For three days in January, Northeast Fisheries Science Center researchers Elizabeth Josephson and Peter Duley flew along the Northeast coast. They were looking for gray seals and their pupping colonies.
“We surveyed a good part of the coastline from the Canadian border to small islands off Long Island, New York,” said Josephson, who recorded the data. “We wanted to observe and take images of as many seals and their pupping colonies as possible, and we lucked out in terms of timing and weather.”
Duley took photographs from a window in the NOAA Twin Otter airplane. The plane is based at U.S. Coast Guard Air Station Cape Cod when conducting the center’s aerial marine mammal survey operations. Its home base is the NOAA Aviation and Marine Operations center in Lakeland, Florida.
Scientists estimate gray seal abundance by counting numbers of pups born each year. Gray seal pups are born on land during the winter and remain ashore until they are weaned and molt their white baby fur. This makes winter the easiest time to observe them.
In past years, seal researchers from the center have also conducted operations on land. This has included tagging seals and conducting health assessments on as many animals as possible on Muskeget and Monomoy Islands off Cape Cod.
Due to the pandemic, land operations were cancelled, but the aerial flights have resumed under enhanced safety protocols. NOAA Fisheries has been conducting regular aerial surveys since 2005 to keep an eye on the recolonization of habitats by gray seals.
These animals were almost wiped out in U.S. waters by the mid-20th century. Now, they are moving back into portions of their historical range. They are pupping in increasing numbers on islands off the coast of Maine and Cape Cod.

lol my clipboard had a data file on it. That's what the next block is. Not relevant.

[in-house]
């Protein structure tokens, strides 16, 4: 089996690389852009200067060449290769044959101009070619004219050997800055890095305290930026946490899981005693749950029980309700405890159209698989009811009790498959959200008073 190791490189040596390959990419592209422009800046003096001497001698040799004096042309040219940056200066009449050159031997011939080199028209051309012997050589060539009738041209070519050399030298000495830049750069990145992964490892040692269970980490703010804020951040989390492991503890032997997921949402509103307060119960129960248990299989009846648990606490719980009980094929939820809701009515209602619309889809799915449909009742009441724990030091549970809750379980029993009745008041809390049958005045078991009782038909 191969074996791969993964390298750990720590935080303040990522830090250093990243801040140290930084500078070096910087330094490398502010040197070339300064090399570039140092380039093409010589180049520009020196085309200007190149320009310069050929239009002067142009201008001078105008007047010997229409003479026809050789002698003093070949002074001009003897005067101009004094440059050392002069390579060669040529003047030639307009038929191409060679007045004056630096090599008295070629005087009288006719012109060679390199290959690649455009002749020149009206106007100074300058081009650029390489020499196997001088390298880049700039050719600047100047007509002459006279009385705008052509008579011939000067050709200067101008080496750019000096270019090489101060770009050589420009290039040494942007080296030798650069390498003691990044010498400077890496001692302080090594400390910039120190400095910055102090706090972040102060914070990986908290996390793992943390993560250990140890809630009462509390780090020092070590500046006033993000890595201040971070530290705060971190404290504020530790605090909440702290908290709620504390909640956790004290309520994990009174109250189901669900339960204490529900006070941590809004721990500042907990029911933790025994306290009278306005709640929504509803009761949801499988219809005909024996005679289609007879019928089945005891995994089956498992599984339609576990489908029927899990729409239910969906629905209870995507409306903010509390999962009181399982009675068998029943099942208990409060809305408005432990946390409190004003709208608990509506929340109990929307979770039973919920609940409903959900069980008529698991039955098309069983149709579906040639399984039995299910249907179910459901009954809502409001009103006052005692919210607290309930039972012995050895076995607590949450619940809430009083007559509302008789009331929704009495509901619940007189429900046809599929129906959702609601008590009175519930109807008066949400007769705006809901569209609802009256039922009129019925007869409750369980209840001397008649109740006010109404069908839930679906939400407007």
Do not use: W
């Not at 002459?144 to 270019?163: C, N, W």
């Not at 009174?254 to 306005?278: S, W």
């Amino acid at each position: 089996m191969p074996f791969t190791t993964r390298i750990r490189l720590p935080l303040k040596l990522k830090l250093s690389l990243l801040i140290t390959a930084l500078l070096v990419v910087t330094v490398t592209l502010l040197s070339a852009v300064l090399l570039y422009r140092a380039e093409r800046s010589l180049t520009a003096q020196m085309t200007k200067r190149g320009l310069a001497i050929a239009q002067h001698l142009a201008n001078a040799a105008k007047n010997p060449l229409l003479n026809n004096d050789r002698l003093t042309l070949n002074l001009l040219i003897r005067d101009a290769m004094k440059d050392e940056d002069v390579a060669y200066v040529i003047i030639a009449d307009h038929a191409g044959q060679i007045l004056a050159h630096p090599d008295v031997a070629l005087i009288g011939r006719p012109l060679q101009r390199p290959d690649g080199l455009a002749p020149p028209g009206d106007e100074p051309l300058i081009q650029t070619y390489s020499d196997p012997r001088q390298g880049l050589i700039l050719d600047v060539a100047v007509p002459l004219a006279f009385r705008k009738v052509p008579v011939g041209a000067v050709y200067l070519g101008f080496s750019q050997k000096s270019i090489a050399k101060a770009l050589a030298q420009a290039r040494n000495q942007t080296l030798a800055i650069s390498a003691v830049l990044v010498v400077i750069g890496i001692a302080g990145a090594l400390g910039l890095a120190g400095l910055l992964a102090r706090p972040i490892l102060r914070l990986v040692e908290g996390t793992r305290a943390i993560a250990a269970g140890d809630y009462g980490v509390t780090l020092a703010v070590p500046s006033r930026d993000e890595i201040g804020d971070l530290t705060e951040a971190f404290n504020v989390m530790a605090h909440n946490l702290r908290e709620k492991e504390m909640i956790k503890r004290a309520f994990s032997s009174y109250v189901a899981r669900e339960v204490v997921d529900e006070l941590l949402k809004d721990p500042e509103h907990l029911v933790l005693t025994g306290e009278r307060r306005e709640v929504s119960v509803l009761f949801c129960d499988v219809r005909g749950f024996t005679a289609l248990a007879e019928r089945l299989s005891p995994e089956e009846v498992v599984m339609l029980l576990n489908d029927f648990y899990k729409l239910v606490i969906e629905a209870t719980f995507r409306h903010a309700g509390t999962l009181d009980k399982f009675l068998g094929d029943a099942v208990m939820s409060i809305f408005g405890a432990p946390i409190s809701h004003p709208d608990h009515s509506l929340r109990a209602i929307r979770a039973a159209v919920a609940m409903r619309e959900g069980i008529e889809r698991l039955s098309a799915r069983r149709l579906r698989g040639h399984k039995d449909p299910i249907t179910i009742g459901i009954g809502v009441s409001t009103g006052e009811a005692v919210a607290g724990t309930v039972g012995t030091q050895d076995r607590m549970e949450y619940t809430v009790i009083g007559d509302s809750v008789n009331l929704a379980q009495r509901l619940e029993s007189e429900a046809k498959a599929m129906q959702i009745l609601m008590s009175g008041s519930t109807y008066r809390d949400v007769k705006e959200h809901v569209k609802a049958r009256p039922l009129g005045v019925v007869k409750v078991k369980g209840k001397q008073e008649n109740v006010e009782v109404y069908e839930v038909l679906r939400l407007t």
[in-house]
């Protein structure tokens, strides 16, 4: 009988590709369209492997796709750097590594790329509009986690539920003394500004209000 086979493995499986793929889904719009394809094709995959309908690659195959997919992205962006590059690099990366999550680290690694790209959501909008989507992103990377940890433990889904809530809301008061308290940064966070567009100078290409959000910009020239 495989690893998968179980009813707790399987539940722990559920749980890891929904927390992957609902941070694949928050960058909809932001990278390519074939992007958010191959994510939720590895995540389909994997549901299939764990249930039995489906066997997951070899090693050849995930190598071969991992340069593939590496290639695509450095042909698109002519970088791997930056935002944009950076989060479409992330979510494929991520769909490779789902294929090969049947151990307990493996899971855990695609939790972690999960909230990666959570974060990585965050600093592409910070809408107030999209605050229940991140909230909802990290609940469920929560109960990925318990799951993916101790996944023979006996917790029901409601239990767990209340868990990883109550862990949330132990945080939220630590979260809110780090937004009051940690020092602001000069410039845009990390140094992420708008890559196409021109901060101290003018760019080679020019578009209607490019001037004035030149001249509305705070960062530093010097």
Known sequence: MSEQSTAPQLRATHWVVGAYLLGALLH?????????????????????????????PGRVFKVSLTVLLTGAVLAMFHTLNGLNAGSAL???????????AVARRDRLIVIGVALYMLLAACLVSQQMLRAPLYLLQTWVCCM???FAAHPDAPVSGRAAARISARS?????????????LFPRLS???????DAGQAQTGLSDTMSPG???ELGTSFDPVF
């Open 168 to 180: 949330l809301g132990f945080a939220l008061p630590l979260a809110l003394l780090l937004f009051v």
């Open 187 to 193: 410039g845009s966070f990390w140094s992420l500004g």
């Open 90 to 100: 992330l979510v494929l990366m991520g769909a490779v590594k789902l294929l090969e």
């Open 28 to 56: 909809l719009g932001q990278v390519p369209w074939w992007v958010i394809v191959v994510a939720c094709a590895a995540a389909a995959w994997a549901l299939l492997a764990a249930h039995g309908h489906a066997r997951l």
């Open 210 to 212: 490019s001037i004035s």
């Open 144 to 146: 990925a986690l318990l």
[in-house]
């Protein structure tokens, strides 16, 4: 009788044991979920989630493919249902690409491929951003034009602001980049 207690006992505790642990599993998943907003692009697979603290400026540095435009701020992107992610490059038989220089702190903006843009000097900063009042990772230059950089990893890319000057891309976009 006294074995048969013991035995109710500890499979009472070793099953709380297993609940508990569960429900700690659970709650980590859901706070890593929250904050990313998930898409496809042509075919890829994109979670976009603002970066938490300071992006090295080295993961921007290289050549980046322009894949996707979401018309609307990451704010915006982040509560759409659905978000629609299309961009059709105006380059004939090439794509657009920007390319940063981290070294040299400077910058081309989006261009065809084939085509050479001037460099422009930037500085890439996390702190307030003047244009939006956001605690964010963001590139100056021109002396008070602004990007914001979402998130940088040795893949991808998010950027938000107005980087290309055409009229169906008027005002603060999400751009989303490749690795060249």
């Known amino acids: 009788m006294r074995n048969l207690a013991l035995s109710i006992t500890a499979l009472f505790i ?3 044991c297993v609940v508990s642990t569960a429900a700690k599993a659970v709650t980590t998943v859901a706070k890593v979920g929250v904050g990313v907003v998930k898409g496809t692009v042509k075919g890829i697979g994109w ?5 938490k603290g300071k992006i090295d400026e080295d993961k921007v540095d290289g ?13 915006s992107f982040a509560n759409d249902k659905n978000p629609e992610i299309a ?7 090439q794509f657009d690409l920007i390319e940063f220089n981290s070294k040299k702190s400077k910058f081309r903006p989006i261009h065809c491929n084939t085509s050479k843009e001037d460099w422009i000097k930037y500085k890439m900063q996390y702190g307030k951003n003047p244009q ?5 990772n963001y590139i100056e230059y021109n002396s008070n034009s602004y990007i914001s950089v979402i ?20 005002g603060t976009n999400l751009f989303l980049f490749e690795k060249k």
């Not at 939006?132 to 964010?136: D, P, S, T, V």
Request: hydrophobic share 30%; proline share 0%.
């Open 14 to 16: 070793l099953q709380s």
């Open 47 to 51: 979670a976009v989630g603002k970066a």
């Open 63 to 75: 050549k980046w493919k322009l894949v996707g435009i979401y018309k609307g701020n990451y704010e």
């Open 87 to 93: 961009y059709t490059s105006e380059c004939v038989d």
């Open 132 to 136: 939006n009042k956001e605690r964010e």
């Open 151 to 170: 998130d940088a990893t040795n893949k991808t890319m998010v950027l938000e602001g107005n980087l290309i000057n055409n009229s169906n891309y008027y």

Blessed with a great stretch of winter weather January 11-13, Josephson and Duley joined NOAA Corps pilots Lt. Josh Rannenberg and Lt. Conor Maginn in the aircraft. It was the peak of the gray seal pupping season, which runs from early December through early February.
The aerial team spent one day flying along the coast of Maine, the second along the Massachusetts coast and southern New England to Long Island. The third day was spent revisiting some of the major pupping sites off Cape Cod and the island of Nantucket, Massachusetts. Muskeget Island off Nantucket is the largest gray seal pupping colony in the United States. Monomoy Island off Chatham, on the southeastern corner of Cape Cod, is also a pupping colony.
The Department of Fisheries, Canada conducted concurrent aerial surveys of gray seal pupping colonies in Canada. Scientists will count the seals in the imagery collected and use the counts to estimate total range-wide population numbers.